'Smart Solar charger' question

Thread Starter


Joined Feb 25, 2009
Hi all,

I am currently working on a smart solar charger with a group of people. This device will utilize Maximum Power Point Tracking and various smart battery chargers to allow a user to charge any of the big 4 families of rechargeable batteries (Lead-Acid, NiCD, NiMH, Li-Ion).

My questions stems from the use of supercaps in the circuit. Their use, as documented in the various papers over smart solar charges we've read, is to both store charge coming from the batteries and also to ensure that the output to the batteries is smooth.

Supercaps are low voltage-rated, obviously, and this presented a problem for us as our solar panel outputs at around 12 volts (43 watt rated solar panel). Our design as of now incorporates our supercapacitors in series to ensure they can handle the voltage across them while charging.

Anyway, the questions:

Unfortunately almost all of my knowledge of capacitor behavior stems from a voltage driven circuit. A solar panel is a current driven circuit, correct? Does this change the behavior of the capacitors? What changes need to be made?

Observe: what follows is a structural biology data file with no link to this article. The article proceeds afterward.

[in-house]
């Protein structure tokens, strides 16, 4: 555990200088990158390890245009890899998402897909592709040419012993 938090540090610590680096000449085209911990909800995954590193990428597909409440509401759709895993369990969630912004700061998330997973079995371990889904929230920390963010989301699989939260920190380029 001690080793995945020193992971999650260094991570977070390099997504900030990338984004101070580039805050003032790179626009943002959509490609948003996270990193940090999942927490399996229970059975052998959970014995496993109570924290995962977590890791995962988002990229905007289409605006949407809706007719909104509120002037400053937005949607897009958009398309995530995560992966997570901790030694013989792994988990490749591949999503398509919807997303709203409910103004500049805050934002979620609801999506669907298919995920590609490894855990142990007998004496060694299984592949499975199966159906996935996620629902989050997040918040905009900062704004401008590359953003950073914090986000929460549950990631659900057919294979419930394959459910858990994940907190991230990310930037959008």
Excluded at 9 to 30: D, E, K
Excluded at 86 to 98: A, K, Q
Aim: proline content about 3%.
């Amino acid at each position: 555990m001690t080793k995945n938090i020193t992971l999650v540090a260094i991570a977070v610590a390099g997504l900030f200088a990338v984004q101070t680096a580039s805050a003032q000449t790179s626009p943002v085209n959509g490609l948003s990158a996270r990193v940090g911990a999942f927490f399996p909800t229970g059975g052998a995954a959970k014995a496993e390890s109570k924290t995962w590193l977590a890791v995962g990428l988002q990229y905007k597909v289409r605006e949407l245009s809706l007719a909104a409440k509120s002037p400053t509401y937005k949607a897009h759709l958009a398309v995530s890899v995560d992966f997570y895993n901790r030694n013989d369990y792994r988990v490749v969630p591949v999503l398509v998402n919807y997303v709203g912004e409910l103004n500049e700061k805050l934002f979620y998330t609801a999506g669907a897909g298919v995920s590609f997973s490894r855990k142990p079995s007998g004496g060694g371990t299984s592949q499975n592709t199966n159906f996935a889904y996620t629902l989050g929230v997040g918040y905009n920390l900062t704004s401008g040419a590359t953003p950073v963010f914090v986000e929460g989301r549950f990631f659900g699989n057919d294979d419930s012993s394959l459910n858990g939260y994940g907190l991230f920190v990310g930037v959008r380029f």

Originally in our design, we had the ability for the capacitors to discharge in parallel to drop the voltage of the discharge down to the values on each individual capacitor. This was done to facilitate Li-Ion/NiMH charging that requires lower voltages, and to cut down on the need of a regulator of some sort (which lowers efficiency). We have been told by a professor that it SHOULD work in theory, but he doesn't know what will happen immediately at the switch. He feels as though there could possibly be massive amounts of current in the connection to ground.

If anyone knows anything about solar charging and can figure out any of these questions, or even explain the use of supercaps to us more clearly, it would be greatly appreciated.

Unfortunately no one in our group is familiar with power systems design, as it's never been taught to us. If we're missing a huge point, then it would be nice to be informed of it.